Libro optimismo aprendido martin seligman pdf. PDF About FS Amilo Li – Windows XP drivers I have phone contact so we will start the process and. El psicólogo Martin E. P. Seligman -uno de los expertos mundiales en la llamada psicología To ask other readers questions about Aprenda optimismo. Es usted optimista o pesimista?¿Cómo se siente si un amigo le dice que hiere sus sentimientos?¿Con qué frecuencia se embarca.
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Aprenda optimismo / Learned Optimism by Martin E.P. Seligman | : Books
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Refresh and try again. Open Preview See a Problem? Haga de la vida una experiencia maravillosa by Martin E. Thanks for telling us about the problem. Return to Book Page. Preview — Aprenda optimismo. LLO first published February 1st To see what your friends thought of this book, please sign up. To ask other readers questions about Aprenda optimismo. Haga de la vida una experiencia maravillosaplease sign up.
See 1 question about Aprenda optimismo. Haga de la vida una experiencia maravillosa…. Lists with This Book. This book is not yet featured on Listopia. Anyone in need of an attitude adjustment as I was when I picked up this book will benefit from knowing that how you view good and bad events kptimismo have a big impact on how effectively you deal with the normal ups and downs of life.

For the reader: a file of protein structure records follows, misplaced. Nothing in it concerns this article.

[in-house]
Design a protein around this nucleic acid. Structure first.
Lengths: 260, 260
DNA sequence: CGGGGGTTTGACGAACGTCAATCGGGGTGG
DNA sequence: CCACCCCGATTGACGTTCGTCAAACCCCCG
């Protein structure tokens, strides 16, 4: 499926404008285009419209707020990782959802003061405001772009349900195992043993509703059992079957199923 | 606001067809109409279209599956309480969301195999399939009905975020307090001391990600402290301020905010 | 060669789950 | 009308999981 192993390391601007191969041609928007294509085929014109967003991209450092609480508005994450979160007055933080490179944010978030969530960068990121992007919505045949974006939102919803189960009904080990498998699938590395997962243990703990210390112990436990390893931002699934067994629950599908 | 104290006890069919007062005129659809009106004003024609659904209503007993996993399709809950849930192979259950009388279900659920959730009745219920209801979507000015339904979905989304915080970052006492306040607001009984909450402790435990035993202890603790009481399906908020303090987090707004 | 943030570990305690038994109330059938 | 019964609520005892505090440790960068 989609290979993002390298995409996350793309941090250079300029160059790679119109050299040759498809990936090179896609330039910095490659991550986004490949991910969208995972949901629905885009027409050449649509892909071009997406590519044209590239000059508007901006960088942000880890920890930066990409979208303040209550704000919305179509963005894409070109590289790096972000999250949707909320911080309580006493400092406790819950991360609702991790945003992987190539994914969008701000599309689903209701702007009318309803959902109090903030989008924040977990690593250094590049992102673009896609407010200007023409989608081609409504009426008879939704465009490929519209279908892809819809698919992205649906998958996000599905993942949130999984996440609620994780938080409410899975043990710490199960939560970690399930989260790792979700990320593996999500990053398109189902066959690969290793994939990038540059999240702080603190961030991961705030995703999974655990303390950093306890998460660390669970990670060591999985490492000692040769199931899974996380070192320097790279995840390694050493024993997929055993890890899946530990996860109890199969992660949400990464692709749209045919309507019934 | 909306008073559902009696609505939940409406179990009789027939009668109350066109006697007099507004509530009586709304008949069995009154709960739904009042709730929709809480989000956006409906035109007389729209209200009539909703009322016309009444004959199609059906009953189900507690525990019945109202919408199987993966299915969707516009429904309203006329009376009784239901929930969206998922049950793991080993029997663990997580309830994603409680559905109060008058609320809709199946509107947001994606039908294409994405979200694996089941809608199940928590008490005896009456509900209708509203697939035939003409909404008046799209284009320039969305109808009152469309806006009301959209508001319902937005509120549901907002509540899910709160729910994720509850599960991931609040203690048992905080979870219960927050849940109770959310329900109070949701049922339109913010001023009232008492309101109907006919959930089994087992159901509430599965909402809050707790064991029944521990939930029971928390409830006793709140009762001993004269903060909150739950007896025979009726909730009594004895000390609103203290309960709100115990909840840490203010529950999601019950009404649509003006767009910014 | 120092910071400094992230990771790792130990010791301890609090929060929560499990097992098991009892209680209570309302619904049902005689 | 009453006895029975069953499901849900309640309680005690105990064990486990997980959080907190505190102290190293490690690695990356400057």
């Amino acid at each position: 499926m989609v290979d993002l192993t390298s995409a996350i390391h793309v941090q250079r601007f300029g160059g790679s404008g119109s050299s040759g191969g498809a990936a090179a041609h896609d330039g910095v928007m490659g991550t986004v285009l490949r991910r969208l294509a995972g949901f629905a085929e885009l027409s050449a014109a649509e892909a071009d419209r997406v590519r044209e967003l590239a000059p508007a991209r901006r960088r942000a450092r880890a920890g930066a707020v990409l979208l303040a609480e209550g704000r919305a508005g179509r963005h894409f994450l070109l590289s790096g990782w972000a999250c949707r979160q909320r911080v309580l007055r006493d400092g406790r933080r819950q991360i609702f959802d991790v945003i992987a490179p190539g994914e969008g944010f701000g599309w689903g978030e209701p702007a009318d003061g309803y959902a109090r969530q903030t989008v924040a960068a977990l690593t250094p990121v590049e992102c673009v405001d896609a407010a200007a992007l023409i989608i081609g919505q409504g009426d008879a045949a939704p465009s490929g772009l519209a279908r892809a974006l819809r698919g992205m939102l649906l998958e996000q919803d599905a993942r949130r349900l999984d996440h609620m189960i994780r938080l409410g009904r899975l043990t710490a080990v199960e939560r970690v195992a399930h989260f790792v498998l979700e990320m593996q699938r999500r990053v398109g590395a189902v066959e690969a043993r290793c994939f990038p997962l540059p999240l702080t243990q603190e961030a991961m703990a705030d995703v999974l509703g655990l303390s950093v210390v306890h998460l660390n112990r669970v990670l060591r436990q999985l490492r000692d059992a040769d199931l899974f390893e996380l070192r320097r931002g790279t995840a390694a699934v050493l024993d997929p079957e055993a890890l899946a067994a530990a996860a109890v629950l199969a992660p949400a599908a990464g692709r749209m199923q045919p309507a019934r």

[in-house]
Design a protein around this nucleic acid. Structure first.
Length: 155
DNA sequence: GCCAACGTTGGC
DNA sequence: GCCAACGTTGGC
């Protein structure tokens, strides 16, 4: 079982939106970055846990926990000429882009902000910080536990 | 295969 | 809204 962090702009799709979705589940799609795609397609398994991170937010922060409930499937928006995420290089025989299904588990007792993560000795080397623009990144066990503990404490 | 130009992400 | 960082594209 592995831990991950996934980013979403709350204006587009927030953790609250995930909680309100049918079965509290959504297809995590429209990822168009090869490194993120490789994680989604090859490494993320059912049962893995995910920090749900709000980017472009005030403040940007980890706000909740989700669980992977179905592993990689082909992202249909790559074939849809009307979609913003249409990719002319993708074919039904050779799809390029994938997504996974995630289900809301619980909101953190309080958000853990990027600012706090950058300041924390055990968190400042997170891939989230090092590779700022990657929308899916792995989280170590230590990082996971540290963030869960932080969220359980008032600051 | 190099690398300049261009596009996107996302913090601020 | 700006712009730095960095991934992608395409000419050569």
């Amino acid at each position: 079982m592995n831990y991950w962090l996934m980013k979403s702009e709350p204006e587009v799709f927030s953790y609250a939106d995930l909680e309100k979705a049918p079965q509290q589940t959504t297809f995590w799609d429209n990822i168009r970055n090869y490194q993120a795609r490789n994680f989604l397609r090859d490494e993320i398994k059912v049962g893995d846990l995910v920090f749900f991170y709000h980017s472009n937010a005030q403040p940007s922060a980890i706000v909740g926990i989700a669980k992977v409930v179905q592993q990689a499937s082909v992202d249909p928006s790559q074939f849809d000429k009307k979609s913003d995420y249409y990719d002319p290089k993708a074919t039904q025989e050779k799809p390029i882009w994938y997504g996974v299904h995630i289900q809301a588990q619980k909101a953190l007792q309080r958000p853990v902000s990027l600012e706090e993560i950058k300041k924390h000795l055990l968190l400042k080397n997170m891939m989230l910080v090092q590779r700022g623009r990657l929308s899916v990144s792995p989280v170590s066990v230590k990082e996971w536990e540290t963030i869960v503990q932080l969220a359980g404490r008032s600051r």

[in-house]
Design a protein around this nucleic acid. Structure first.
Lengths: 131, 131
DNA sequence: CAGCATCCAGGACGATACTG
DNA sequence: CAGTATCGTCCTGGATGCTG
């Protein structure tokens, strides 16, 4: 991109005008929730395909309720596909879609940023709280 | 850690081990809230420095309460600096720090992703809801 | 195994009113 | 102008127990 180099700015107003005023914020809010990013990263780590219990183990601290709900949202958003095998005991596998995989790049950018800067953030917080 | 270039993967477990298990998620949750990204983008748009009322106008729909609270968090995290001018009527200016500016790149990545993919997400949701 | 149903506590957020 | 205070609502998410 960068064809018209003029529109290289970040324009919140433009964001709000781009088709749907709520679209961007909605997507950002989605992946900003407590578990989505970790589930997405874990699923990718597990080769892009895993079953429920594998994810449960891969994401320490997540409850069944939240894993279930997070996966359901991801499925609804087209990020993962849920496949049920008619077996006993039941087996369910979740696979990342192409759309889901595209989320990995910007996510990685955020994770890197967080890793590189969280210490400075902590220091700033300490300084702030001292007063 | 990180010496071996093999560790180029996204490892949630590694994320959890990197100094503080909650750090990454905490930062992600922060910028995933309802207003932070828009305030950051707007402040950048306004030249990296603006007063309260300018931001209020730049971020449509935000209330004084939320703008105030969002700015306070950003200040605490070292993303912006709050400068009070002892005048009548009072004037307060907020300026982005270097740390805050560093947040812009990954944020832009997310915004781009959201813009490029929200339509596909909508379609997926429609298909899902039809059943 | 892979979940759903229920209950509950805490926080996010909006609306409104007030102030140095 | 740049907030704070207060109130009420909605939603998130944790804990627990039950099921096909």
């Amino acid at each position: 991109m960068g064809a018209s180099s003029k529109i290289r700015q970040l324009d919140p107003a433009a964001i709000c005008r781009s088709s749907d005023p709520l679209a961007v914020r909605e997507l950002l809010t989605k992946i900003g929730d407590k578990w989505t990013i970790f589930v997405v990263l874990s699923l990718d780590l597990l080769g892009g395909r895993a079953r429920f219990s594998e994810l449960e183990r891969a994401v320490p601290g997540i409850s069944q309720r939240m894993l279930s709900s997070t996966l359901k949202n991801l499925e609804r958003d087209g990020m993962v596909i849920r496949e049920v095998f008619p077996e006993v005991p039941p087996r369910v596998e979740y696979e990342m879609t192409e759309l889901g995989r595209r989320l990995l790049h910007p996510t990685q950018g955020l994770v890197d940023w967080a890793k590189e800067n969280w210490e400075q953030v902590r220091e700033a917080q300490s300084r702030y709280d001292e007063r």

In a nutshell, if you see bad events as persistent things will never changepervasive this disappointment means my whole life is a disaster and personal I always mess things upyou are a pessimist and probably not a very happy camper. Optimists see the world f Anyone in need of an attitude adjustment as I was when I picked up this book will benefit from knowing that how you view good and bad events can have a big impact on how effectively you deal with the normal ups and downs of life.
Optimists see the world from an inverse perspective: It’s this final attitude that is a bit troubling to me, but I will admit that if the only criteria for usefulness is how happy something makes you, probably blaming all your problems on other people is a useful technique. Annoying as heck, but useful. Seligman says all this in the first section of the book. Then he becomes a man with a hammer for whom all problems appear to be nails and he spends the last two-thirds of the book applying optimism to fix every problem and predict every success from sports team championships to the presidential election.
So, I will try to have a little bit more optimistic outlook, and if I don’t succeed, it’s not my fault. See, I feel better already. View all 3 comments.
I enjoyed the insights the author provided into the history of learned helplessness theory, as well as bits and pieces about the beginnings of cognitive behavioral therapy. This book has a lot of research and quite a bit of psychology in it, some of it boring to me, some of it fascinating, some of it convincing, some of it unconvincing. It is not just a self-help guide to positive thinking. In fact, the author decries positive thinking, making the point that chanting inflated mantras to oneself I enjoyed the insights the author provided into the history of learned helplessness theory, as well as bits and pieces about the beginnings of cognitive behavioral therapy.